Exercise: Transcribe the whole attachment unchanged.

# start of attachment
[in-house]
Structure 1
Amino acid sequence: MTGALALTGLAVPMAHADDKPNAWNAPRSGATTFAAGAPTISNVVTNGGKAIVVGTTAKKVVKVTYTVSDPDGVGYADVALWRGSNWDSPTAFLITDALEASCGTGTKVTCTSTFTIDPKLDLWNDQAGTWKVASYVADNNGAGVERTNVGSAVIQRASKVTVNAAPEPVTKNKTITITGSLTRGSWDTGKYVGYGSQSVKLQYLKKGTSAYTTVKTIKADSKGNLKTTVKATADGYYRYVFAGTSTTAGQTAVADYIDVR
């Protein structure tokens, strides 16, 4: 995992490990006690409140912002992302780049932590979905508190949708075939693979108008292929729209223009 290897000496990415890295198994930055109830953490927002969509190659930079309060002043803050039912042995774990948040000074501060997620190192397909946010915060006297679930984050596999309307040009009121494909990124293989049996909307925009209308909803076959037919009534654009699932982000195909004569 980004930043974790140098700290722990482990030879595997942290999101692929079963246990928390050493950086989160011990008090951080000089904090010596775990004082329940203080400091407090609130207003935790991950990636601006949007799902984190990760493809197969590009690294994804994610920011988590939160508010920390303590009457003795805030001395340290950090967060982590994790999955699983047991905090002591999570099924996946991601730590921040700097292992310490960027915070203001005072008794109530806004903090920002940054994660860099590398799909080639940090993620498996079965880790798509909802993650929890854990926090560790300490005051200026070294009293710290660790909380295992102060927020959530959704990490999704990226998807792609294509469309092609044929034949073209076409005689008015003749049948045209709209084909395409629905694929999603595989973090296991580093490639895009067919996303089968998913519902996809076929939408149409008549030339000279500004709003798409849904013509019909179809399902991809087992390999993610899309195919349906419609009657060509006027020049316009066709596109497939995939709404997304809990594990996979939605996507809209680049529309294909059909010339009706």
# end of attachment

[in-house]
Structure 1
Amino acid sequence: MTGALALTGLAVPMAHADDKPNAWNAPRSGATTFAAGAPTISNVVTNGGKAIVVGTTAKKVVKVTYTVSDPDGVGYADVALWRGSNWDSPTAFLITDALEASCGTGTKVTCTSTFTIDPKLDLWNDQAGTWKVASYVADNNGAGVERTNVGSAVIQRASKVTVNAAPEPVTKNKTITITGSLTRGSWDTGKYVGYGSQSVKLQYLKKGTSAYTTVKTIKADSKGNLKTTVKATADGYYRYVFAGTSTTAGQTAVADYIDVR
């Protein structure tokens, strides 16, 4: 995992490990006690409140912002992302780049932590979905508190949708075939693979108008292929729209223009 290897000496990415890295198994930055109830953490927002969509190659930079309060002043803050039912042995774990948040000074501060997620190192397909946010915060006297679930984050596999309307040009009121494909990124293989049996909307925009209308909803076959037919009534654009699932982000195909004569 980004930043974790140098700290722990482990030879595997942290999101692929079963246990928390050493950086989160011990008090951080000089904090010596775990004082329940203080400091407090609130207003935790991950990636601006949007799902984190990760493809197969590009690294994804994610920011988590939160508010920390303590009457003795805030001395340290950090967060982590994790999955699983047991905090002591999570099924996946991601730590921040700097292992310490960027915070203001005072008794109530806004903090920002940054994660860099590398799909080639940090993620498996079965880790798509909802993650929890854990926090560790300490005051200026070294009293710290660790909380295992102060927020959530959704990490999704990226998807792609294509469309092609044929034949073209076409005689008015003749049948045209709209084909395409629905694929999603595989973090296991580093490639895009067919996303089968998913519902996809076929939408149409008549030339000279500004709003798409849904013509019909179809399902991809087992390999993610899309195919349906419609009657060509006027020049316009066709596109497939995939709404997304809990594990996979939605996507809209680049529309294909059909010339009706």